Juan De Ledesma: Sonatas Para Violin Y Bajo / Blai Justo, Elisa Joglar, Bernard Zonderman, Et Al
LEDESMA Violin Sonatas: No. 1 in A; No. 3 in E?; No. 2 in F; No. 5 in A; No. 4 in D • Blai Justo (vn); Elisa Joglar (vc); Bernard Zonderman (gtr) (period instruments) • RAMÉE 0901 (68:40)
Blai Justo’s own notes to his program of “Spanish Violin Music from the Time of Ferdinand VI” make clear the position of Juan de Ledesma (c. 1713-1781), who led the viola section (in preference to playing violin) in the Spanish Chapel Royal. A pupil, during the end of his student years, of Michele Geminiani (Francesco’s brother) and therefore a musical descendant of Arcangelo Corelli, Ledesma represented the Italian tradition, though nuanced, as Justo points out, with Spanish inflections.
Ledesma’s five sonatas, rediscovered by Lothar Siemens a quarter-century ago, and so recherché as not to receive even a mention in William S. Newman’s comprehensive study of the Baroque sonata, fall into three movements bearing Italian tempo indications (except for the finale of Sonata No. 3, marked Minué ). According to Justo, the unfigured basses suggest that the harpsichord could be omitted; in its place, he substitutes guitar, which he believes doesn’t challenge the dominance of the violin and cello. Bernard Zonderman plays on a Baroque guitar in the sonatas in A Major (No. 1) and D Major and a “pre-Romantic” one in those in E-flat Major and A Major (No. 5); in the Sonata in F Major, only cello accompanies the violin.
The program opens with the First Sonata; its moderately paced first movement, in its forward looking style, sounds a great deal like the sonatas of Giovanni Battista Somis, a composer who, though Corelli’s own pupil, looked forward rather than backward as did his fellow student, Francesco Geminiani (as in Somis’s sonatas, too, the majority of Ledesma’s sonatas begin with a moderately paced introductory movement followed by an expressive slow one and a strutting finale). Justo encrusts its chunky lines with spiky ornamentation, plays the second movement with bracing energy, and imparts jaunty verve to the technically more challenging finale (adding harmonics, perhaps a personal touch, for extra buoyancy). The violin and cello toss motives back and forth in the slow movement of the Sonata in E-flat Major, providing opportunities for cogent dialogue between Justo and Joglar (the movement ends only after a brief cadenza). As in Somis’s sonatas, the composer imparts extra energy to the finale by means of running passages in triplets. Tartini’s sonatas, roughly contemporaneous, often employ basses that look so simple as to suggest that they might be omitted with little loss to the musical argument (Andrew Manze played the “Devil’s Trill” unaccompanied on Harmonia Mundi 907213, Fanfare 21:5). Justo and Joglar play Ledesma’s Second Sonata with such alertness in the dialogue, and the composer has created such full sonorities for the two instruments that listeners may hardly miss the guitar. The Fifth Sonata, at more than 15 minutes the longest, explores perhaps the most sensitive affects in its slow movement; Justo graces its finale with brilliant off-the-string ricochet-like runs, more reminiscent of the 17th-century German school than of the 18th-century Italian one (including the works of such advanced technicians as Corelli’s violinistically exhibitionistic pupil Pietro Locatelli). The duo (without the guitar) plays the Fourth Sonata’s Andantino dolce with pointed, though genial, wit.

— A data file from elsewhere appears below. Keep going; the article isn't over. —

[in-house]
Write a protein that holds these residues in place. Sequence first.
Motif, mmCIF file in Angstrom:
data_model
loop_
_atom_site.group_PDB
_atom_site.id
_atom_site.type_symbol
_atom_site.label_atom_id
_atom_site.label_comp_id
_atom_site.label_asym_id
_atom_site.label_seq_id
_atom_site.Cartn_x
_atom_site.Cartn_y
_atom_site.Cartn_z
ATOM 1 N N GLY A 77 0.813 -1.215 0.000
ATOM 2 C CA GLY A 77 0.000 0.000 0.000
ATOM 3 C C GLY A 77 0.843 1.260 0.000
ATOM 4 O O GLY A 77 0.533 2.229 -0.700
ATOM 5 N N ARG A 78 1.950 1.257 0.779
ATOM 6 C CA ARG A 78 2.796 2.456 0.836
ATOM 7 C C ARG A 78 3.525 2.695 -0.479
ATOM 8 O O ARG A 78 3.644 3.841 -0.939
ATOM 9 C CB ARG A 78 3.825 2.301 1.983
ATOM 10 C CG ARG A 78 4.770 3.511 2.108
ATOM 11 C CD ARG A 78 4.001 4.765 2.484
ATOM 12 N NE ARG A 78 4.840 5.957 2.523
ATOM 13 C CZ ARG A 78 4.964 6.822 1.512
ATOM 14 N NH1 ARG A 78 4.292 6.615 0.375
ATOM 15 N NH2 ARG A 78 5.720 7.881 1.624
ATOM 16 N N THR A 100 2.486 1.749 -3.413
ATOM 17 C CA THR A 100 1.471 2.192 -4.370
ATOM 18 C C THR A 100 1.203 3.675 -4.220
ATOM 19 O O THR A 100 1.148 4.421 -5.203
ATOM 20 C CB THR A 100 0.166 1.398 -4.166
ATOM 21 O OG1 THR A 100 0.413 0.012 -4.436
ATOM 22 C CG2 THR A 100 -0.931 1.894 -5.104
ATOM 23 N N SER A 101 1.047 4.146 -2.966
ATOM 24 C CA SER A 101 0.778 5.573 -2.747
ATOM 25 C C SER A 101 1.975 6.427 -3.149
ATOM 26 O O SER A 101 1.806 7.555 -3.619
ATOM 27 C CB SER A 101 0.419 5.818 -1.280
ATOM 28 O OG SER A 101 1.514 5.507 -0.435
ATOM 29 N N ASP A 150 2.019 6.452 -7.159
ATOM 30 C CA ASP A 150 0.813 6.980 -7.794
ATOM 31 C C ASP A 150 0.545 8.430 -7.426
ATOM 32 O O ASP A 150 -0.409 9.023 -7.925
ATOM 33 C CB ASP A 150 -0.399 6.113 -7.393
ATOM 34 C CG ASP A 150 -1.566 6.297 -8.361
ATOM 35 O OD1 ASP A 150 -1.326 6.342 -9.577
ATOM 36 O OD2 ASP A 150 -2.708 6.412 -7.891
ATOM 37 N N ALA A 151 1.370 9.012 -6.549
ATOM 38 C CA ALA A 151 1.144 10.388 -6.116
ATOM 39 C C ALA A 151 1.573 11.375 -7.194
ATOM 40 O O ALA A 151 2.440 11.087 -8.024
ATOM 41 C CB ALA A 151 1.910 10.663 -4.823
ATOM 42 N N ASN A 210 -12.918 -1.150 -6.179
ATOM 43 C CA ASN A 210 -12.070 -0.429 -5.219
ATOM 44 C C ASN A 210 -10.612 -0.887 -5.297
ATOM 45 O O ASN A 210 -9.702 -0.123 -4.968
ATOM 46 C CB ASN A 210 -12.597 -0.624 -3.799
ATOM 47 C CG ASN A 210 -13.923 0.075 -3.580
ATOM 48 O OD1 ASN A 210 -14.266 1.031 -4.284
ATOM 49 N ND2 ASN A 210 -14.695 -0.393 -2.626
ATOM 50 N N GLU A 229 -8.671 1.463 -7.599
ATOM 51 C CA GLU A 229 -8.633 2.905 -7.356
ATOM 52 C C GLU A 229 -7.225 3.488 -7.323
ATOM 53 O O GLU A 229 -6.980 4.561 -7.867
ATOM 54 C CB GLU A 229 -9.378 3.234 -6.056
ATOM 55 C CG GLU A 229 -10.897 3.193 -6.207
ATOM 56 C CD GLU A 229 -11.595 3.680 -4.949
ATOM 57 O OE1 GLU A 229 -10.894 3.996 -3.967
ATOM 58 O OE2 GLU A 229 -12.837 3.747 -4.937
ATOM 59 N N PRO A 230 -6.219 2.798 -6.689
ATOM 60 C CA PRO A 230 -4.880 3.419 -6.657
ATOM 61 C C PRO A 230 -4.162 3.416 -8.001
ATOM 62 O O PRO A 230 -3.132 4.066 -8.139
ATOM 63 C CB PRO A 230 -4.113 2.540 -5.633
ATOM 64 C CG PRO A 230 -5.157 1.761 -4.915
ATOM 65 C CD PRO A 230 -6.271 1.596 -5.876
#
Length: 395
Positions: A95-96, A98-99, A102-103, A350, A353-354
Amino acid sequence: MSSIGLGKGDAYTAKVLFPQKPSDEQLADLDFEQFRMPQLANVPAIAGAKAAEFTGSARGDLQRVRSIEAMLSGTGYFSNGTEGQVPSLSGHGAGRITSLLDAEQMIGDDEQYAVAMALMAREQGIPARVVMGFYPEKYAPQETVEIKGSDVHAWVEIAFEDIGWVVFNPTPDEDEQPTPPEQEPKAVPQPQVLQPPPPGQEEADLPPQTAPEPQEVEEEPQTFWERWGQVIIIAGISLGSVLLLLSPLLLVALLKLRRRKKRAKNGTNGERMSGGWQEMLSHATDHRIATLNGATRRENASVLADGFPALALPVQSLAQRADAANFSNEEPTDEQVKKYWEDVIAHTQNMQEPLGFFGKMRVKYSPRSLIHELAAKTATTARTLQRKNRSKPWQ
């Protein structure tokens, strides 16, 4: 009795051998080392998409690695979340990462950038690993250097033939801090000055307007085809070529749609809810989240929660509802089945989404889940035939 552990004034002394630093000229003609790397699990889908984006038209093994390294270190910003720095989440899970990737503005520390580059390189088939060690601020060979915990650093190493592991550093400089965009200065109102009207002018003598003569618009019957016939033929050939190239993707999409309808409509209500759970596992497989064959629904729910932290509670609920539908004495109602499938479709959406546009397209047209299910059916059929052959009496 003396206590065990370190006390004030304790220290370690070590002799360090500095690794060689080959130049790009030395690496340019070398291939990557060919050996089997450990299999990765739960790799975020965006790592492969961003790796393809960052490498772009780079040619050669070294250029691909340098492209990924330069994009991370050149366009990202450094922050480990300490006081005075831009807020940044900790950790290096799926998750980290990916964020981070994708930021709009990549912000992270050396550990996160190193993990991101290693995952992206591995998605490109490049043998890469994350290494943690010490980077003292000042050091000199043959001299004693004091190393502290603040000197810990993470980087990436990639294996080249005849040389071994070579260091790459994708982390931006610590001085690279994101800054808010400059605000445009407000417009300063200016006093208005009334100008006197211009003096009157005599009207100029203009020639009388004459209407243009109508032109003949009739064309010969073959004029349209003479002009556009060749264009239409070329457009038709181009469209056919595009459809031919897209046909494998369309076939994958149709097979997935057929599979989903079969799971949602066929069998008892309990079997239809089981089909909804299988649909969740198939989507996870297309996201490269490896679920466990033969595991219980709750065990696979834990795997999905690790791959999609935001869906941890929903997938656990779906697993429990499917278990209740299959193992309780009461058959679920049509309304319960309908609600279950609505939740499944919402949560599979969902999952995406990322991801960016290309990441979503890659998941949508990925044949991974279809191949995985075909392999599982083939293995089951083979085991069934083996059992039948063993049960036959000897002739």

Justo plays the program on a Baroque-style violin made by Dmitry Badiarov in 2003 (from which he draws a tone that falls closer to that produced on modern instruments than it does to the once signature whining and wheezing of Baroque ones); Elisa Joglar plays a 1758 Benoit Fleury cello, and Bernard Zonderman plays a 1996 five-course guitar modeled after a 17th-century Italian prototype and a 1995 six-string guitar modeled on guitars by an 1800 Parisian maker. The engineers have balanced these instruments (while making the guitar sound more discreet than do the two outer parts); all seem somewhat distant, re-creating the aural impression a listener might receive in a live performance. Warmly recommended generally and urgently recommended to aficionados of the Baroque era’s violin literature.
FANFARE: Robert Maxham
Catalog Number: RAM0901
Composer: Juan De Ledesma
Performer: Bernard Zonderman, Blai Justo, Elisa Joglar